Executive says game on as security issues resolve at gold mine
KEFI Gold and Copper is gearing up to begin the first phase of its Tulu Kapi gold mine project after securing funding for development in June.
According to the company, Tulu Kapi Gold Mines plans to start relocating local communities in the coming months – marking the official launch of the mine development.
KEFI Gold recently wrapped a three-day workshop with government agencies to map out the mine project’s rollout over the next few months, prioritizing initial actions like community resettlement.
KEFI Gold’s Executive Chairman says the company is ready to start construction early next year on its Tulu Kapi gold mine project.
“We’ll place orders, and equipment for construction will arrive in January or February,” said Harry Anagnostaras-Adams, KEFI’s executive chairman.
As KEFI engages the local community ahead of relocation over the coming months, Anagnostaras-Adams says things will “continue to get even better” as residents see benefits and preparation helps them relax.
“We’re ready to start taking our steps forward,” the Chairman notes, expressing confidence KEFI can begin construction in the New Year.
KEFI Gold and Copper plans to initially spend over one billion birr relocating nearly 360 households from its Tulu Kapi gold mine site in western Oromia. The funds will go towards building new homes, cash compensation for lost harvests, and community support.
While issues with community resettlement delayed the project, KEFI says all outstanding financing conditions requiring Ethiopian government input have now been met. The umbrella funding structure complies with National Bank of Ethiopia (NBE) policies and guidelines, according to the company.
KEFI has resolved all major conditions precedent with the Ethiopian government to finance its Tulu Kapi gold mine project.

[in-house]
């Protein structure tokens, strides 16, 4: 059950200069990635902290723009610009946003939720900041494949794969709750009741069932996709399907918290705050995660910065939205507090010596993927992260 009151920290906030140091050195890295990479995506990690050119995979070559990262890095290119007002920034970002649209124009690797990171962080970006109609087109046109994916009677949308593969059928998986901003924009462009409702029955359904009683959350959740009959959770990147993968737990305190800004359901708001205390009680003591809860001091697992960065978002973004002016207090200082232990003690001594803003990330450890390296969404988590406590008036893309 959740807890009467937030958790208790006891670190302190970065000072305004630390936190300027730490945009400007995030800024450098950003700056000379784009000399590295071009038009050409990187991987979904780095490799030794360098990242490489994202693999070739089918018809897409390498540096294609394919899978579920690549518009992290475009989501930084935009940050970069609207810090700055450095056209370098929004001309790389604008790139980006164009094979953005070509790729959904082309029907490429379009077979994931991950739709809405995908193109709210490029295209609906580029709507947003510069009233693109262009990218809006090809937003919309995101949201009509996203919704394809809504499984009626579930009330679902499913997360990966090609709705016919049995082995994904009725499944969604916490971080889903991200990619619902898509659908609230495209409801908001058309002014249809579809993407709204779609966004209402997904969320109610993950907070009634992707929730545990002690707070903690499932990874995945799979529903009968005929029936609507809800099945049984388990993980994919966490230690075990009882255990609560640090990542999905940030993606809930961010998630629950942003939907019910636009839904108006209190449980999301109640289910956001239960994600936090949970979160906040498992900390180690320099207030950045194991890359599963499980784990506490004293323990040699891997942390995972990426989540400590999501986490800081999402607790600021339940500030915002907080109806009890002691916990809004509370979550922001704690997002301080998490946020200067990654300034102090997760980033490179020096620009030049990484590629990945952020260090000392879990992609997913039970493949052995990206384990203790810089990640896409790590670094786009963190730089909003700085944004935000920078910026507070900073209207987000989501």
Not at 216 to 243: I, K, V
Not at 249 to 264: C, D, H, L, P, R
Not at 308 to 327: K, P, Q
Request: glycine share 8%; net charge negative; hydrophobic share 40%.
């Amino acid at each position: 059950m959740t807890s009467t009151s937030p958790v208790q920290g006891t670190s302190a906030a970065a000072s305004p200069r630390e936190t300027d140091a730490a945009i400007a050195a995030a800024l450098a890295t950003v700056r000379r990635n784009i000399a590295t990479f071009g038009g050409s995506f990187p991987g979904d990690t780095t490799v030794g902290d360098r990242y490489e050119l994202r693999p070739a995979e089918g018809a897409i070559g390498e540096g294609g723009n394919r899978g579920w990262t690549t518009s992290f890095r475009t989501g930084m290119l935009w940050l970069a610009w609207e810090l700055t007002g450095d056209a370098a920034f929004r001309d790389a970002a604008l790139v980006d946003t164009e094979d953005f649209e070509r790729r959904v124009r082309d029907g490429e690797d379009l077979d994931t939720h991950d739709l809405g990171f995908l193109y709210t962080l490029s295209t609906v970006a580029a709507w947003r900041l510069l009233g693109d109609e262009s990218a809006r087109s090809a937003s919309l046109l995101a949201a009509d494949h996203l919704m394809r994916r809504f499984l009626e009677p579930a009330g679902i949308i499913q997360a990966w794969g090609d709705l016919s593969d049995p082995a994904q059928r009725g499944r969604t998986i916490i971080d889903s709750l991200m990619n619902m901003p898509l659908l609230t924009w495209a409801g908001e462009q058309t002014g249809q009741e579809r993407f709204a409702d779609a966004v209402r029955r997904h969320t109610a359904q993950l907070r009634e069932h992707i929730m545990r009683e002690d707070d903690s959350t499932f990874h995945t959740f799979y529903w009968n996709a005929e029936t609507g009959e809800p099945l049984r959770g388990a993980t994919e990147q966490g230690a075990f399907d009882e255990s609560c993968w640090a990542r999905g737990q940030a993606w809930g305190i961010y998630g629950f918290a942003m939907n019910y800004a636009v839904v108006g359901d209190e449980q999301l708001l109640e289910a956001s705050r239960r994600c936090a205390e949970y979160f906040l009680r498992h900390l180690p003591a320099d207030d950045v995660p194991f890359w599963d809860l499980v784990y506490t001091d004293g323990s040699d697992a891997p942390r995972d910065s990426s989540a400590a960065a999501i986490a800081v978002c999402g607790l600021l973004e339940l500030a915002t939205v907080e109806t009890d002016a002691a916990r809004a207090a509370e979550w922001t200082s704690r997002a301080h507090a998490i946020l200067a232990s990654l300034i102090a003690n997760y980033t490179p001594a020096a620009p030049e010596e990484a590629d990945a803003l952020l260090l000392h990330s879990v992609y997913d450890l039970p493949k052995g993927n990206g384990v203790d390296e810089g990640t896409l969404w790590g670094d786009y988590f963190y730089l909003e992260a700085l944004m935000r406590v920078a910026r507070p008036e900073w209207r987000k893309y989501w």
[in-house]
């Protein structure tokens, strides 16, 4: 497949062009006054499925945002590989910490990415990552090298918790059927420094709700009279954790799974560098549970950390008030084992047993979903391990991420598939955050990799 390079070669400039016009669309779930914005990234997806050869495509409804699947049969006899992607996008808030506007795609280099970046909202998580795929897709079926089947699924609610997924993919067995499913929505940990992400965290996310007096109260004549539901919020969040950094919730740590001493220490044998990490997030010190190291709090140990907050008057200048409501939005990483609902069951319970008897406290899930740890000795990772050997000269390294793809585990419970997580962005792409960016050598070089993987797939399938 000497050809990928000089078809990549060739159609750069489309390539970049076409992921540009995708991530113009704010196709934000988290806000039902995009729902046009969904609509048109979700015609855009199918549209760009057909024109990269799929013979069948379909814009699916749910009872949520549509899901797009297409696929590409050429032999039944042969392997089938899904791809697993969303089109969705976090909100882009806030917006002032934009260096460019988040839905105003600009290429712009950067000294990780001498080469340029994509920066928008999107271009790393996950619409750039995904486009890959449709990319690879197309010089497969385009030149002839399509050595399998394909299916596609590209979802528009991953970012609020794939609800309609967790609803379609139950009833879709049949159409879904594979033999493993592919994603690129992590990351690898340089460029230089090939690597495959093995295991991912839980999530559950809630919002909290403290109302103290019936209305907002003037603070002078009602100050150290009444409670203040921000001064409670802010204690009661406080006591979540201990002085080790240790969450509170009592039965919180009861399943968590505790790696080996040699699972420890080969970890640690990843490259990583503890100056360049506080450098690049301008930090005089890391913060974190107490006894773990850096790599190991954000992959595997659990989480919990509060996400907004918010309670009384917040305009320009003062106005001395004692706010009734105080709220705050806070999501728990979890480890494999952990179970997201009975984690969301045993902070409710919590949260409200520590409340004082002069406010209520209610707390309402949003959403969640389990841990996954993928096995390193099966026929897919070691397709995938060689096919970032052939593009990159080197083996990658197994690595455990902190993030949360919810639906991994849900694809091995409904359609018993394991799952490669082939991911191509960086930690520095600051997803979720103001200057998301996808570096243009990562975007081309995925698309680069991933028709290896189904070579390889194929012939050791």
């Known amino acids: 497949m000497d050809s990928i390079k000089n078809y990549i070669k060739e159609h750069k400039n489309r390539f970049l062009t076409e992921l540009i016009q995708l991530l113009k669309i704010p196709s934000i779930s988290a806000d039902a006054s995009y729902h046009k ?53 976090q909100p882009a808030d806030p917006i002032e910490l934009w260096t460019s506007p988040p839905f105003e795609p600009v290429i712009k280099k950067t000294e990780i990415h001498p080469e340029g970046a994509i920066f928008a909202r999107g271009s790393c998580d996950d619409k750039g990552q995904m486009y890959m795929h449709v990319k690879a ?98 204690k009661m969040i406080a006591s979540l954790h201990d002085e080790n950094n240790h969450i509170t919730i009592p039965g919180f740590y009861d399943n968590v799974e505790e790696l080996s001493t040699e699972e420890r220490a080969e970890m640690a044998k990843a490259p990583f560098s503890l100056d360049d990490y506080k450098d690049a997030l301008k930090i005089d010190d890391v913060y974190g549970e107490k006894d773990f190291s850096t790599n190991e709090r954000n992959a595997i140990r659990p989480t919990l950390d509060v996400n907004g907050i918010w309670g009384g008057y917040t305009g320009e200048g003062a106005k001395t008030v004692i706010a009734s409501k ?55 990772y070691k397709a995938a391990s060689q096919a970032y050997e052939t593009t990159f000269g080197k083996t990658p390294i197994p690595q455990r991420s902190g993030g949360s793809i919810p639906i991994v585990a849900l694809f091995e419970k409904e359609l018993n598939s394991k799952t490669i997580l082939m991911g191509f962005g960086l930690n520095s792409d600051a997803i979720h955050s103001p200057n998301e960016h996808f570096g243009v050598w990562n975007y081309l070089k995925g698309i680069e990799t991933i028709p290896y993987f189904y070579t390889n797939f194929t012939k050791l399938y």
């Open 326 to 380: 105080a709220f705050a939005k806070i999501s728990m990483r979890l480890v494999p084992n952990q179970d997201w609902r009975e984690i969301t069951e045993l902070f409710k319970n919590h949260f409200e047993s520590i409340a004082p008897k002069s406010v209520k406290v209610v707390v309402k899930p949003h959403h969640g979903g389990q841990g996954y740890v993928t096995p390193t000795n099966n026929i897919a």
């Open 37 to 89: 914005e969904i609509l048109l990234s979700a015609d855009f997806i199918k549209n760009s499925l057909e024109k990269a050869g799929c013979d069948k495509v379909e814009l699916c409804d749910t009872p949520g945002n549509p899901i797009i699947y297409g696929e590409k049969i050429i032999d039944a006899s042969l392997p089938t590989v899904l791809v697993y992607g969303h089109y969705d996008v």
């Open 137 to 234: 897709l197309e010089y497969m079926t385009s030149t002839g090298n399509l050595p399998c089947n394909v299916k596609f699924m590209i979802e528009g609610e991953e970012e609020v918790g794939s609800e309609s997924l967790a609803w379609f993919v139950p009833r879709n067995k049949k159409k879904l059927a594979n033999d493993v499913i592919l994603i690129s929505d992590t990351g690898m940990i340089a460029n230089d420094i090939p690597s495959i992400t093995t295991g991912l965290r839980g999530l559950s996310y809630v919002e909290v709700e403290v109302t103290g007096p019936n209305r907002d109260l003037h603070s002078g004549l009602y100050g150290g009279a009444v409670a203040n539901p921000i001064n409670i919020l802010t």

As Anagnostaras-Adams explains, the first major step was for the two banks in the funding syndicate to receive equal legal rights and protections in Ethiopia. This was achieved in March 2023 when Ethiopia granted African Finance Corporation country membership, a strategic move for both parties.
According to the Chairman, the second major condition KEFI had to meet was establishing permanent security around Tulu Kapi to ensure construction and operations could proceed unimpeded. This was achieved in April 2023 when relevant government agencies boosted security in surrounding areas, he says.
Despite securing financing, Ministry of Mines officials have criticized KEFI’s readiness to start up, citing security issues as the project’s main hurdle in the past.
“Security was the only issue left,” Anagnostaras-Adams told The Reporter. “There was a misunderstanding with the Ministry, but that’s history now. The fundamental question is: does the company want to develop as fast as possible? Of course we do. If we spent USD 80 million, why do you think we didn’t? We want to develop and make money.”
The Chairman says KEFI certainly wants to move ahead rapidly.
“Security forces are being deployed around remote sites. The government has made a large commitment to sort things out and restore calm. We were not being attacked by political rivals or anything like that. But law and order issues were a problem. The road routes are now open,” said the Executive Chairman.